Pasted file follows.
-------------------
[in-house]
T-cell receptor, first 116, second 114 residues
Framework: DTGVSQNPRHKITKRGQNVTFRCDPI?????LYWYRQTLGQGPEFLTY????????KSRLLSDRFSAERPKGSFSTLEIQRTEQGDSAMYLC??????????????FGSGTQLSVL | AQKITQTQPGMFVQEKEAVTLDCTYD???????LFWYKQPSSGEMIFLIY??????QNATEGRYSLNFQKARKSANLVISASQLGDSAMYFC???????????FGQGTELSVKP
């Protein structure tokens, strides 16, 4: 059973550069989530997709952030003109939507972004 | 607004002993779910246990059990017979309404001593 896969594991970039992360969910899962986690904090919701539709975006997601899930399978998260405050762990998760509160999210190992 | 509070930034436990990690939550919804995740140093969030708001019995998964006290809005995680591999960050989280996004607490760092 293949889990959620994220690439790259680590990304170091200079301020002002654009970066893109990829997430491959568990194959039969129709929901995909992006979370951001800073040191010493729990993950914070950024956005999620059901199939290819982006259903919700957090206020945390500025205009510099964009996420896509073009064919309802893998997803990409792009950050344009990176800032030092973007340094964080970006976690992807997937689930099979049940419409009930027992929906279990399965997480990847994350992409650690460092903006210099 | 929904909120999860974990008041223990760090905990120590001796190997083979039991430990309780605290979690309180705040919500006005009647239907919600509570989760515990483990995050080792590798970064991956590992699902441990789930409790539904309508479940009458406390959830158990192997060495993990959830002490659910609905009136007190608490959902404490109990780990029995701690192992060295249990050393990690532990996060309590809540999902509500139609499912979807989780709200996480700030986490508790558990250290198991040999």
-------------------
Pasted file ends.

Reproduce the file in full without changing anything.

[in-house]
T-cell receptor, first 116, second 114 residues
Framework: DTGVSQNPRHKITKRGQNVTFRCDPI?????LYWYRQTLGQGPEFLTY????????KSRLLSDRFSAERPKGSFSTLEIQRTEQGDSAMYLC??????????????FGSGTQLSVL | AQKITQTQPGMFVQEKEAVTLDCTYD???????LFWYKQPSSGEMIFLIY??????QNATEGRYSLNFQKARKSANLVISASQLGDSAMYFC???????????FGQGTELSVKP
């Protein structure tokens, strides 16, 4: 059973550069989530997709952030003109939507972004 | 607004002993779910246990059990017979309404001593 896969594991970039992360969910899962986690904090919701539709975006997601899930399978998260405050762990998760509160999210190992 | 509070930034436990990690939550919804995740140093969030708001019995998964006290809005995680591999960050989280996004607490760092 293949889990959620994220690439790259680590990304170091200079301020002002654009970066893109990829997430491959568990194959039969129709929901995909992006979370951001800073040191010493729990993950914070950024956005999620059901199939290819982006259903919700957090206020945390500025205009510099964009996420896509073009064919309802893998997803990409792009950050344009990176800032030092973007340094964080970006976690992807997937689930099979049940419409009930027992929906279990399965997480990847994350992409650690460092903006210099 | 929904909120999860974990008041223990760090905990120590001796190997083979039991430990309780605290979690309180705040919500006005009647239907919600509570989760515990483990995050080792590798970064991956590992699902441990789930409790539904309508479940009458406390959830158990192997060495993990959830002490659910609905009136007190608490959902404490109990780990029995701690192992060295249990050393990690532990996060309590809540999902509500139609499912979807989780709200996480700030986490508790558990250290198991040999």